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Announcing LaMa: An alternative localization and mapping package


I’ve been playing with this today and wanted to share my very preliminary results.

I would independently verify that its much lighter weight than other options I’ve seen recently for the optimizer based SLAM option. I’m seeing the CPU grow but overall pretty consistent over short trajectories at around 10% CPU on a 6th gen i7. Over the same trajectories with my package I’m seeing less consistent but generally hovering around 30% – both with more or less the same memory utilization.

I’d say though the rastered map image out isn’t as good as slam toolbox and I’m not seeing it accomplish loop closures as responsively. That may not be a big deal for many users. For the datasets it works with, it works pretty well to keep as a reasonable option on the table. For the datasets it doesn’t work with, I have no idea what’s going on. See below, the same robot, on the same day in the same environment 2 datasets were taken, one works fine, the other does this:

It worked for about 10-20 updates and then just started blowing up. No warnings or errors thrown. I’m also going to have to figure out why LaMa has so much of a CPU drop from Slam toolbox, it looks like it uses much of the same techniques and it may lie in the dependency libraries since I use Ceres as my LM solver & a bunch of outside libraries so I can swap out with new technology trends – though I’m sure you get a really nice speed up from the distance field work as well.

Overall I think this is a pretty good option, but needs to expose more of the parameters, documentation, and hardening – which in SLAM isn’t the hard stuff.

If there’s any interest in writing and maintaining long term a ROS2 port of this work, I’d support this as a genuine option for us on the ROS2 Navigation Working Group/TSC to consider at for the “default option” in ROS2. I think its well written and enables a number of applications on lower power machines, though being able to scale from small examples to 200,000+ sqft facilities remains to be evaluated.

Edit: I didn’t evaluate the localization stuff.
Edit2: I was thinking about those numbers, which seemed high and remembered that I didn’t build in release mode so those are going to be higher than you’d see in production.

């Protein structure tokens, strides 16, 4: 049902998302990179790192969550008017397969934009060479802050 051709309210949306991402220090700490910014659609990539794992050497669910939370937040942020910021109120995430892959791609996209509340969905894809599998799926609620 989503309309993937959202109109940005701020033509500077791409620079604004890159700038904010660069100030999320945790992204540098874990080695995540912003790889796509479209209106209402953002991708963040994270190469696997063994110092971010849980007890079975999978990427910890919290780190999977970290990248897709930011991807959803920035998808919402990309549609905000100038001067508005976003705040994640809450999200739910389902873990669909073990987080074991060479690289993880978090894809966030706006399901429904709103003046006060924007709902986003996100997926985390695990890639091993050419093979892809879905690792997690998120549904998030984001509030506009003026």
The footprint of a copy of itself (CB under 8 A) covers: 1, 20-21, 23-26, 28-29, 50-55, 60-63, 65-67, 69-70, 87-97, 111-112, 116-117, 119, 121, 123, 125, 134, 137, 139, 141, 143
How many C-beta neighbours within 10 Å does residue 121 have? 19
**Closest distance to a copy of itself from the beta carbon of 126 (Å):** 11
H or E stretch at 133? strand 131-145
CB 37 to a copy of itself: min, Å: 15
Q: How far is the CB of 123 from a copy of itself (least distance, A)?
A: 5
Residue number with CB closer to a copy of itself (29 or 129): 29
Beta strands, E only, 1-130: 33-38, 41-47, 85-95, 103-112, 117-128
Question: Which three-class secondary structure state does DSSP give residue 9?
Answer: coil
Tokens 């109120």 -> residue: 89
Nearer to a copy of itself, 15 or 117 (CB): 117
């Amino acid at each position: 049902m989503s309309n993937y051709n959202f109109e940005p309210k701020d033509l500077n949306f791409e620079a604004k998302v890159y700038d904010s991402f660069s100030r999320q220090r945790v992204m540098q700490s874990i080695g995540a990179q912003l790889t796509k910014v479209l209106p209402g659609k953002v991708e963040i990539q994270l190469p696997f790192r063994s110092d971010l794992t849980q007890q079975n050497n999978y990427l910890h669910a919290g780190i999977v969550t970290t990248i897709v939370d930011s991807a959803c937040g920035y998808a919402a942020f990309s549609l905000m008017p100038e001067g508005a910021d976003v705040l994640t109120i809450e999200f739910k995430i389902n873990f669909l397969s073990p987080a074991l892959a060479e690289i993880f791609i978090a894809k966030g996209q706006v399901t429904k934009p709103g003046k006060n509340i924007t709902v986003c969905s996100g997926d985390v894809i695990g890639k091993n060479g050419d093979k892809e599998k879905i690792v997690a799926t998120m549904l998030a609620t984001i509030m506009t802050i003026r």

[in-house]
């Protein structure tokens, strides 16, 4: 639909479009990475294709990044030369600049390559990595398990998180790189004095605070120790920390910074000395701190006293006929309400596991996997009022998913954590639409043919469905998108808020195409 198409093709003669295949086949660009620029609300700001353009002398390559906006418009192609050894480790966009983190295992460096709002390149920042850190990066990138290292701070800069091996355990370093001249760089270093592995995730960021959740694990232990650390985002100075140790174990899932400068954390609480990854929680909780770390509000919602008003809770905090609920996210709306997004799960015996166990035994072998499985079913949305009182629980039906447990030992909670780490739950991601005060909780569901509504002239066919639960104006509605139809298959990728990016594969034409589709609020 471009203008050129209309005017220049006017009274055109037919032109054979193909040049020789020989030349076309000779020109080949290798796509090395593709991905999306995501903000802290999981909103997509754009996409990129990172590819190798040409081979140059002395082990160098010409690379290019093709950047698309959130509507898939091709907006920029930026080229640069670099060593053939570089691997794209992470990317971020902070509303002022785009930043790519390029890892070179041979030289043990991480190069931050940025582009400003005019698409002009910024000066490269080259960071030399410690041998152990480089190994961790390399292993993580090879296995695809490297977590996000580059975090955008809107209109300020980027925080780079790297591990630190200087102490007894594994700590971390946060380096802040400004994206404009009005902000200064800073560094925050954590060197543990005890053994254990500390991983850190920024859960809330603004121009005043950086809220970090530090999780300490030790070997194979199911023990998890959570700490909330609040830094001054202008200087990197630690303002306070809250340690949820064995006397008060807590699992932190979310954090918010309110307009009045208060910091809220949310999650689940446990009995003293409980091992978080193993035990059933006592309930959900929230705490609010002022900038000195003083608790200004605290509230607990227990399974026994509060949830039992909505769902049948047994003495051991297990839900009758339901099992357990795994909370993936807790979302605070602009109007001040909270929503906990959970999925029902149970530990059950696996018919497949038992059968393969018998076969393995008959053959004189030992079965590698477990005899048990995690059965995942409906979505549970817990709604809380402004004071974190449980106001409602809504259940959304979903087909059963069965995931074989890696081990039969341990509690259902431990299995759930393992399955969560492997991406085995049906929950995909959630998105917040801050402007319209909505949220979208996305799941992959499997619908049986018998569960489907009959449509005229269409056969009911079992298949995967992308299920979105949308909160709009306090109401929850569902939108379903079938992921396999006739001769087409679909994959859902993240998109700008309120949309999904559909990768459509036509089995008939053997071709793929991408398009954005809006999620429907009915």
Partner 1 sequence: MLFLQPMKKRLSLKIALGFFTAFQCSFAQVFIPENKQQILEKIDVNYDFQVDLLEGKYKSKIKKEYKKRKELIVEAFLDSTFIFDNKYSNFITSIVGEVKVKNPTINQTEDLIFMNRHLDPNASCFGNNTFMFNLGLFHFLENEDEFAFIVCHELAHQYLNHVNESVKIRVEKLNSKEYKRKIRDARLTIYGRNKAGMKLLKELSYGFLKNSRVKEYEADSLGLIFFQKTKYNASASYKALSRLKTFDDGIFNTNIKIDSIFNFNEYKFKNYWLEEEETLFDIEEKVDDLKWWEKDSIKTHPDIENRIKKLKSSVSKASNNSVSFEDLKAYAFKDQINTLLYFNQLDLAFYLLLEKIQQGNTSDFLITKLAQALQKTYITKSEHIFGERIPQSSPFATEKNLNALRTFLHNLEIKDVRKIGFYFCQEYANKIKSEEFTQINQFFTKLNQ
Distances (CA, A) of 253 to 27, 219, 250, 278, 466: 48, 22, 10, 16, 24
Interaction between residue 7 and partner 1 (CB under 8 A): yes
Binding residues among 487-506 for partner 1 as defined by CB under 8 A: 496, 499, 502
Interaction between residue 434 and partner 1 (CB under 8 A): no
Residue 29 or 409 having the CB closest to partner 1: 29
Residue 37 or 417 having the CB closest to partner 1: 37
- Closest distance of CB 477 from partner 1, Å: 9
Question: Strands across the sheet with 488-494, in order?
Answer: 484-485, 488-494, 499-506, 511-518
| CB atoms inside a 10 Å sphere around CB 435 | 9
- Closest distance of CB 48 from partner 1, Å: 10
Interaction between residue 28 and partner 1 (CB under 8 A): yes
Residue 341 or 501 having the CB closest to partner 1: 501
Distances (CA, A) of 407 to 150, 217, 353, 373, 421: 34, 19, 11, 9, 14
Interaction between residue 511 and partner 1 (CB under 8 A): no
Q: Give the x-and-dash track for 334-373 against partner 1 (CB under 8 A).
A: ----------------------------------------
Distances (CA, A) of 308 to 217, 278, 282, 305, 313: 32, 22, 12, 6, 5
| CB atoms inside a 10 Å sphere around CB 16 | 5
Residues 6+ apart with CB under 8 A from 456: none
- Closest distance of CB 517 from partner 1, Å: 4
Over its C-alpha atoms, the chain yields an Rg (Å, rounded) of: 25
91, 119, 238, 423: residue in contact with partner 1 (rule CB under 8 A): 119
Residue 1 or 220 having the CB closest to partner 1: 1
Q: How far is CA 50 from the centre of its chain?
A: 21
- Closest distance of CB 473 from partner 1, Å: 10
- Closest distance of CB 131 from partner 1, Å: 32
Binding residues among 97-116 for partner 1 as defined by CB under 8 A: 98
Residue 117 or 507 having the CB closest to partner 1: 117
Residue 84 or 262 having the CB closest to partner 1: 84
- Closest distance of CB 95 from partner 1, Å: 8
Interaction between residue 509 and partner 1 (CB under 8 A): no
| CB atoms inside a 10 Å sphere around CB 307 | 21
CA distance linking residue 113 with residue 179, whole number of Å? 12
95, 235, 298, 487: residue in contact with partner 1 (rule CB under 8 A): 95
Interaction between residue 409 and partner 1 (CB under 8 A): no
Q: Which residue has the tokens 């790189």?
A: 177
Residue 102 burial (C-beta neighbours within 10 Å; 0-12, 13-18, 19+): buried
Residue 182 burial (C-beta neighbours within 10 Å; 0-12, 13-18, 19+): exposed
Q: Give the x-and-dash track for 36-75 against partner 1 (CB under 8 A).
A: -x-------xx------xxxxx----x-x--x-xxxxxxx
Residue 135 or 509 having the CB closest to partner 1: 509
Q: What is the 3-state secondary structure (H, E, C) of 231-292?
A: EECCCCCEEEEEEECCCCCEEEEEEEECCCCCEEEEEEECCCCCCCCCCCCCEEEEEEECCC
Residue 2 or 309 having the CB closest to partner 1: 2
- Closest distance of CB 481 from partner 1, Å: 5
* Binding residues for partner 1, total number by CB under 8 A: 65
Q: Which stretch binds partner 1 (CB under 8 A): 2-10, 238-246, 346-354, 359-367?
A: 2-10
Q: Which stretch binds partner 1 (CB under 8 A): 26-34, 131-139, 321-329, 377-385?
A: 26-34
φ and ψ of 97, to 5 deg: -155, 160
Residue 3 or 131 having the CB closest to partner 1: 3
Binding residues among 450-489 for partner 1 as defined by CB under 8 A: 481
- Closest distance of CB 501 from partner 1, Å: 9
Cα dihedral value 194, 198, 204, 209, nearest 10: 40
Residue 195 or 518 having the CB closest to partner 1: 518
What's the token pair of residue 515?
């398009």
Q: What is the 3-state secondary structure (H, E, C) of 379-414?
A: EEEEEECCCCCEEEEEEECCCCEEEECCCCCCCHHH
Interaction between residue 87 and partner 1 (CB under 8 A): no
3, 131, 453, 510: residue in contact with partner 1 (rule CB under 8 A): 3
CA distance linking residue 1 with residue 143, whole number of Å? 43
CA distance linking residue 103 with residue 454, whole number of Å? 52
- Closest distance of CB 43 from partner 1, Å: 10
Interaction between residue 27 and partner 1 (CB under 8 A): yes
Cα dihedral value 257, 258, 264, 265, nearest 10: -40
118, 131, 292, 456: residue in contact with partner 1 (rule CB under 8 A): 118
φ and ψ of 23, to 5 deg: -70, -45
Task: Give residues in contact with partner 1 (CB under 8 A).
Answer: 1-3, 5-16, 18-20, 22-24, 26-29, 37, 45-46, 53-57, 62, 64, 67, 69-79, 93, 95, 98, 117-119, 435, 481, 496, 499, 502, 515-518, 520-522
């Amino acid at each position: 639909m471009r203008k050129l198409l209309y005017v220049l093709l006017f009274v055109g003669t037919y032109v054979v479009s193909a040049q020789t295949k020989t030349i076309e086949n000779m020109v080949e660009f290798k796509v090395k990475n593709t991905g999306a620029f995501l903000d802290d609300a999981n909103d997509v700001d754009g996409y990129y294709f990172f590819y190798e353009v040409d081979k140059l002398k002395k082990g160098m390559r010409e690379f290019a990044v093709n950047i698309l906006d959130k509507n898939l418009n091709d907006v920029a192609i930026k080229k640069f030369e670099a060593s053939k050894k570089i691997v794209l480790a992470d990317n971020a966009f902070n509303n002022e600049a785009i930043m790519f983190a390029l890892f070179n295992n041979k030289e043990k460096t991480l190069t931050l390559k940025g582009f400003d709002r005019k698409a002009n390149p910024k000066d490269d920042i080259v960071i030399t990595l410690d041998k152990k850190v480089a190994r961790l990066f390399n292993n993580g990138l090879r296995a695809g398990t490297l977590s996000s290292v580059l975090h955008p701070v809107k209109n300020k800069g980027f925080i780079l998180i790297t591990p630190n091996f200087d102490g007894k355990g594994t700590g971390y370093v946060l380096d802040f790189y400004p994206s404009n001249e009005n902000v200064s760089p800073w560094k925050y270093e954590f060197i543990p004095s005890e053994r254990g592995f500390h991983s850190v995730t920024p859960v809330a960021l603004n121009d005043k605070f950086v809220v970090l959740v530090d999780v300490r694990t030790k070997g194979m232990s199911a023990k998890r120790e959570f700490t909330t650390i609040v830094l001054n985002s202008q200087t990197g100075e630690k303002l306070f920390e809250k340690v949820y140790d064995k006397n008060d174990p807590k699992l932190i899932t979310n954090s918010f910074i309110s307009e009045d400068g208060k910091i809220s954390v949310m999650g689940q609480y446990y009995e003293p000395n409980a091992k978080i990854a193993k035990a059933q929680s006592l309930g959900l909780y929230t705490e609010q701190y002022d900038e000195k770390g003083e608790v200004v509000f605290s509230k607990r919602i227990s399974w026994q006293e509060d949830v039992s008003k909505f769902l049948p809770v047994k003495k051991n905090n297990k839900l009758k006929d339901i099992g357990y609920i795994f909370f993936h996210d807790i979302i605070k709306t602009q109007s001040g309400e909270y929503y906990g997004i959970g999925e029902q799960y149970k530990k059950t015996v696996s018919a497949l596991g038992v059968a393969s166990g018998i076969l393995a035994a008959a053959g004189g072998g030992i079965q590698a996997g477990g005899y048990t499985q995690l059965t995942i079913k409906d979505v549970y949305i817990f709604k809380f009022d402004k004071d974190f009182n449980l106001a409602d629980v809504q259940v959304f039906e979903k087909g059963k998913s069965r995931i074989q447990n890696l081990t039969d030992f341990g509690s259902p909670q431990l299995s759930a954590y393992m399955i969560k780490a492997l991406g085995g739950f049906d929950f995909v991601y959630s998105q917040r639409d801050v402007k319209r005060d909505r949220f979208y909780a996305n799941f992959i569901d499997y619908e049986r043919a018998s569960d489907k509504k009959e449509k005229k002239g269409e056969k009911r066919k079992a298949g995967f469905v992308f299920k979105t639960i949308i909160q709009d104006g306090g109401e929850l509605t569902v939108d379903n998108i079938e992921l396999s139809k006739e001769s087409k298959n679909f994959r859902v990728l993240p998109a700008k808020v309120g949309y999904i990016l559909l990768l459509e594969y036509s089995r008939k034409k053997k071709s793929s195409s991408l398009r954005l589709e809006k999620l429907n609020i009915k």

Would it be possible to have access to the dataset where the mapping just started blowing up? I would like to investigate what happened.

The distance field does provide a nice speed up :smiley:

Those 3 things are in my TODO list.
Your dataset could be of great help for hardening.

I have interest in maintaining LaMa for as long as I can. If you believe that LaMa is an option for ROS2 Navigation you have my support. However, I have to say that I have little experience with ROS2 – maybe it is an opportunity to start using it in our robots.

I would also like to evaluate LaMa against large environments, unfortunately I do not have access to datasets of such kind. And, how much 200,000+ sqft is in meters? :wink:

I wonder if this interesting discussion should be moved to Github… (issues).

I also believe that the speed and simplicity of LaMA makes it a good candidate for ROS2 “default”

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Unfortunately these are datasets I can’t (yet) release. I’m working on building a critical mass of them to release in a larger database under some license but I can’t release incremental datasets or this becomes really challenging from a legal perspective.

for as long as I can

is there some triggering event where that would no longer be the case?

evaluate against large environments

I’m working behind the scenes on your behalf to make that happen. Stay tuned.

Is there an E.T.A. for those datasets?

The only trigger that I can think of is professional incompatibility of some kind. But this is very unlikely to happen. I work in (academic/industrial) robotic projects where localization and mapping is a topic of interest. Therefore, there is an interest in maintaining LaMa.

LaMa was not develop with large scale in mind. But, I hope at least the mapping framework (SDM) will scale nicely.

Unfortunately, no on the ETA. It’s a side project that isn’t a priority right now.

I’m curious, I saw another talk at IROS using distance maps for localization and it was clearly extremely susceptible to moving obstacles in the mapping phase since the distance function features immediately change if anything moves in free space. I was wondering if your approach has that same issue - that could explain what I’m seeing if when things move in areas its mapping that really messes up feature matching.

I work in (academic/industrial) robotic projects where localization and mapping is a topic of interest. Therefore, there is an interest in maintaining LaMa.

Good to know. I’d also be curious to chat more offline about what your future plans look like, but I don’t want to derail this discussion.

Well the PF things would immediately get thrown out for large scale, I’m more interested in the optimization things for large scale.